Interested in Sports? Sports Business? Sports Finance? Sign-up for our free daily email newsletter list, here!

Sneaker Companies Offering “Blank Checks” to AAU Programs Run by Parents of Star Players

Bagley

The Oregonian released a piece worth reading, detailing how sneaker companies skirt NCAA regulations by sponsoring grassroots teams run by the family members of top prospects. Sponsors are permitted to provide shoes, uniforms and cash for under-funded travel to teams; but, the story describes a system where Nike, Adidas and Under Armour are targeting the family members of star prospects who control their own programs, offering a “blank check” for their allegiance. The cash being pocketed by the family (it’s alleged Josh Jackson’s mom gets $10,000 mo.) equates to a “direct endorsement” of the player, an “extra benefit” that theoretically would make a prospect ineligible under NCAA guidelines. Of course, the sneaker companies are writing these checks, are doing so for good reason; an analysis of 2017 NBA first round picks indicated that most players signed professional shoe deals with the company who sponsored their grassroots team(s).

Howie Long-Short: Basketball sneaker sales have fallen off a cliff in the last 24 months, down 26% to $950 million. Nike (NKE) controls 80% of the market, with Under Armour (UAA) in a distant 2nd place (12.1%). Adidas (ADDYY) accounted for less than 5% of all U.S. basketball sneaker sales in ’17; but, Mark King, the President of Adidas Group North America, has said the brand will “focus on improving its basketball products this year.”

Fan Marino: The NCAA has never investigated the Bagley case, but the circumstances appear to be particularly questionable. In 2008, the Bagley’s filed for Chapter 7 bankruptcy; claiming a household income of $44,000. Four years later, shortly after Nike sponsored the Phoenix Phamily (the team Bagley III played on, coached by Marvin Jr.), the Bagley’s moved into a California home estimated to be worth between $750,000-$1.5 million; with rent in the area ranging from $2,500-$7,500/mo. The elder Bagley readily acknowledge he was using Nike money to “make ends meet.” That’s not great news for Duke fans. In 2010, Renardo Sidney (Mississippi State) was declared ineligible after it was found his family received “preferential treatment” from Reebok. It was later announced Reebok had signed Sidney’s father to a $20,000/year consulting agreement. Duke is headed to the Sweet 16, but their appearance very well may be vacated at a later date.

Interested in Sports? Sports Business? Sports Finance? Sign-up for our free daily email newsletter list, here!

Adidas Increases 2020 Profitability Outlook, Announces Share Buyback Plan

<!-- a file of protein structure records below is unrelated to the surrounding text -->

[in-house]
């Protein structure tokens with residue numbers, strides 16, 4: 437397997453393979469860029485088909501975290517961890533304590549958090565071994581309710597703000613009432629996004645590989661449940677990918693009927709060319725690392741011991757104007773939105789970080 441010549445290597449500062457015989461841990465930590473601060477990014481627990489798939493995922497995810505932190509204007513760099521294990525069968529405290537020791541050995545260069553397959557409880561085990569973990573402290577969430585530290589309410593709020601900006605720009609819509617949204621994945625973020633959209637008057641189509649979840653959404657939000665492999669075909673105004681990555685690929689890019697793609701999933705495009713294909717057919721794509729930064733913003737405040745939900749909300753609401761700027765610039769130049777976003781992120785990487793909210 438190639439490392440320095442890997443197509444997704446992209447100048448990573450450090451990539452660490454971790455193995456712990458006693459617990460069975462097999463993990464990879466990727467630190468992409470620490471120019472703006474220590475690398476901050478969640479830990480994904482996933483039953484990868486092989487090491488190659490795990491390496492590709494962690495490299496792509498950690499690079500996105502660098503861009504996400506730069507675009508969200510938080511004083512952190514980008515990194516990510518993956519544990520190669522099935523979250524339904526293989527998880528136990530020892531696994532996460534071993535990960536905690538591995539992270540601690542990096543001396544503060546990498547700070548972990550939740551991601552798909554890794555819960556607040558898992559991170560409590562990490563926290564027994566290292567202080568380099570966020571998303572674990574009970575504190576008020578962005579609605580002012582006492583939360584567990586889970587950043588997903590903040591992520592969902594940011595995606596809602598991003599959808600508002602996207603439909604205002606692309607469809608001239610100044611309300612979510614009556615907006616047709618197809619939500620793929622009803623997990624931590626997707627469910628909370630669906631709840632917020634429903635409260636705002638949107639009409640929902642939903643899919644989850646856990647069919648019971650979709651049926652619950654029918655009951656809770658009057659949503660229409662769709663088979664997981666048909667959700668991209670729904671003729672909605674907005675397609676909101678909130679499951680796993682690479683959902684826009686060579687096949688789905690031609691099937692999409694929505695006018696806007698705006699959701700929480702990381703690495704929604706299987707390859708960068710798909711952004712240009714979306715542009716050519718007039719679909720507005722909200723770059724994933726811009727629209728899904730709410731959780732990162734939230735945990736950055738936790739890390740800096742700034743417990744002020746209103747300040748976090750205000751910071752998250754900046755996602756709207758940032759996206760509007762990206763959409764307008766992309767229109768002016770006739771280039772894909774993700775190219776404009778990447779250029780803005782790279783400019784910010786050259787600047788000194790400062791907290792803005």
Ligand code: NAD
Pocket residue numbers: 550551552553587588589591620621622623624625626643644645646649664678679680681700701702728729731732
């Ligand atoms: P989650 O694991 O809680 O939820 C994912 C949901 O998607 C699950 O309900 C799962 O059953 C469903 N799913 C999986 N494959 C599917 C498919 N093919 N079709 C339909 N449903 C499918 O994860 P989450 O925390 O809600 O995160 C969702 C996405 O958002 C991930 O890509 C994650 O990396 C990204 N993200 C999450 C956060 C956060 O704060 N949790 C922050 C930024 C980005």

Adidas 200x200

Adidas (ADDYY) released its Q4 ’17 earnings report and while the company missed analysts’ revenue expectations, it reported top line growth (+16% YOY) and bottom line growth (+32% YOY) that left CEO Kasper Rorsted “extremely happy with the results.” The company expects to continue growing sales (+10%) and profits (+13%-17%) in 2018, albeit at a slower rate. On Wednesday’s earnings call, Rorsted also announced that the company had raised its 2020 profitability outlook to 11.5% and announced a plan to buyback $3.72 billion worth of shares (+/- 9%) by ’21; news that sent ADDYY’s share price up +9.4% ($116.80) by the days’ close.

Howie Long-Short: Adidas sales were up 35% YOY in fiscal 2017, enabling the company to surpass Jordan Brand in U.S. sneaker sales (and Under Armour in apparel sales). ADDYY now holds the #2 spot in the category behind NKE. How did that happen? As UAA and NKE focused on basketball sneakers (-20% in ’17), ADDYY built a pipeline of desirable lifestyle sneakers (Superstar, NMD, Stan Smith). Simply put, they’re producing a quality product desired by the consumer.

Fan Marino: Fun fact: Adidas sold 1 million pairs of sneakers in 2017 that were constructed from plastic found in the ocean. The Ultraboosts, each reusing 11 plastic bottles, were created in collaboration with Parley for the Oceans (an environmental organization).

Interested in Sports? Sports Business? Sports Finance? Sign-up for our free daily email newsletter list, here!

Adidas Signs on as Founding Partner of Pacific Pro Football League

Pac-Pro

Adidas (ADDYY) has signed on as a founding partner of the Pacific Pro Football League, a developmental league for players who seek an alternative to college football. In addition to the company’s involvement in the formation and development (branding, marketing, design etc.) of the new league, Adidas will be the exclusive footwear and apparel supplier of the 4 Southern California based inaugural franchises. Scheduled to launch in the Summer of 2019, the league will provide NFL hopefuls with the opportunity to be paid while waiting to become draft eligible (NFL rules require players to be 3 years out of H.S.). Pacific Pro Football League CEO (and NFL super-agent, reps Tom Brady), Don Yee, has long been a vocal advocate of paying college football and basketball players.

Howie Long-Short: ADDYY CEO Kasper Rorsted announced that the company grew revenue “15%-20%” (to more than $24 billion) in 2017; crediting increasing e-commerce sales and strong sales numbers within China (their most profitable market) and North America for driving the growth. Rorsted’s statement aligns with previous guidance issued; projecting 2017 sales to increase 17%-19%, on a currency adjusted basis. ADDYY will release its full-year ’17 earnings report on March 14th.

Fan Marino: Unlike the XFL, the Pacific Pro Football League envisions itself as a feeder program for the NFL; a far more attainable goal than competing with the NFL for talent. The 2017 NFL rookie minimum was $465,000; even if Vince McMahon could convince 6th and 7th round picks to join him by offering them $500,000 and was willing to spend his entire $100 million investment on players, he doesn’t have enough capital to fill 4 53-man rosters. H.S. graduates without a college degree are lucky to find a $30,000/year job with benefits. Yee understands the dynamics working in his favor (NFL CBA, lack of alternatives for players) and he’ll land better players at far lower salaries, as a result. I like this league’s chances to succeed.

Interested in Sports? Sports Business? Sports Finance? Sign-up for our free daily email newsletter list, here!